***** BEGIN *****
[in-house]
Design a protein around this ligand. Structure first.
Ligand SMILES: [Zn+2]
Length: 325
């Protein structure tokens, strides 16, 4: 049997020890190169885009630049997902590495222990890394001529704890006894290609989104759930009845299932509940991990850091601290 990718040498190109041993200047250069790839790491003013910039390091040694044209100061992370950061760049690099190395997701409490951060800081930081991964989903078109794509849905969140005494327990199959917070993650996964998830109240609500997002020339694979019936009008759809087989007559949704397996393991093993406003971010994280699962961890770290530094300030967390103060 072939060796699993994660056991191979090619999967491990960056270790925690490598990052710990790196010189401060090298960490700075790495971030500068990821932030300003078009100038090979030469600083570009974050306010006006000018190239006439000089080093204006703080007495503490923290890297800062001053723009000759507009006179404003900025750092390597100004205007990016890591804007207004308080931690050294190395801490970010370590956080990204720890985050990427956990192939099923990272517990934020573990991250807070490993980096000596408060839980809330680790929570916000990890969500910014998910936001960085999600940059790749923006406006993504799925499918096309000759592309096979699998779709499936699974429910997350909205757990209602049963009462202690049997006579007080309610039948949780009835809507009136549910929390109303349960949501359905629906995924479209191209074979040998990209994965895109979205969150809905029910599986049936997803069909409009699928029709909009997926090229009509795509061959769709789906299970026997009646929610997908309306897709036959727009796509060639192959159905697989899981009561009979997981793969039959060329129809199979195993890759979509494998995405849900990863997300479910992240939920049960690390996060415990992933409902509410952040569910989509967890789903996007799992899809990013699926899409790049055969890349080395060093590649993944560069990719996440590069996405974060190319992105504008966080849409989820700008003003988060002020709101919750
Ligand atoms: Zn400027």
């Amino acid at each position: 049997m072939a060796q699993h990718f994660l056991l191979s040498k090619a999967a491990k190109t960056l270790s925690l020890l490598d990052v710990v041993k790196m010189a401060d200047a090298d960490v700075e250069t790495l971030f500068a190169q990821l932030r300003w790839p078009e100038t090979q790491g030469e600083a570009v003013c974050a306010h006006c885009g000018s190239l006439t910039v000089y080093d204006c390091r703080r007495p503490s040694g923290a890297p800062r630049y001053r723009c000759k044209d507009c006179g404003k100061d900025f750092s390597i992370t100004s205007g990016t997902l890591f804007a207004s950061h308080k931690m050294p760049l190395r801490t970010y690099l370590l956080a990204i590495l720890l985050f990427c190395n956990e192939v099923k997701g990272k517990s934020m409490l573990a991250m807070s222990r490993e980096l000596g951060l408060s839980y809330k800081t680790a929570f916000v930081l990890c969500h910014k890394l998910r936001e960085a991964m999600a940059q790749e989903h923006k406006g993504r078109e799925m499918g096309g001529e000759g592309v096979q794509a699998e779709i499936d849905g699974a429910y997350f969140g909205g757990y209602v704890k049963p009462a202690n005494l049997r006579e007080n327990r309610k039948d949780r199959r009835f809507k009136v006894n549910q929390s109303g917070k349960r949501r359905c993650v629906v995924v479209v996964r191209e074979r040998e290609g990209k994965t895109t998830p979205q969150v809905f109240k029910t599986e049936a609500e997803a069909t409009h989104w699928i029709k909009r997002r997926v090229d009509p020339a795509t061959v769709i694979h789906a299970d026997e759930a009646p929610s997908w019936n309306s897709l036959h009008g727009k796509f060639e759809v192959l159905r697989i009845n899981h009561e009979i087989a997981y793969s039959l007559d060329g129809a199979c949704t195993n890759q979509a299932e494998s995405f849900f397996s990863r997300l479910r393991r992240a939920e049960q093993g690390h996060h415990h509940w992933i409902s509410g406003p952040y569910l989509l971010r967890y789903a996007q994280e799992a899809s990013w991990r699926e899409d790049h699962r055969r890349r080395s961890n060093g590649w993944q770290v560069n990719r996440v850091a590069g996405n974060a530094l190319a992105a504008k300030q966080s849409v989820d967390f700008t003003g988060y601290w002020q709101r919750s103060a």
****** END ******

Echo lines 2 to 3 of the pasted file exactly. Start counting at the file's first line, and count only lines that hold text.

Design a protein around this ligand. Structure first.
Ligand SMILES: [Zn+2]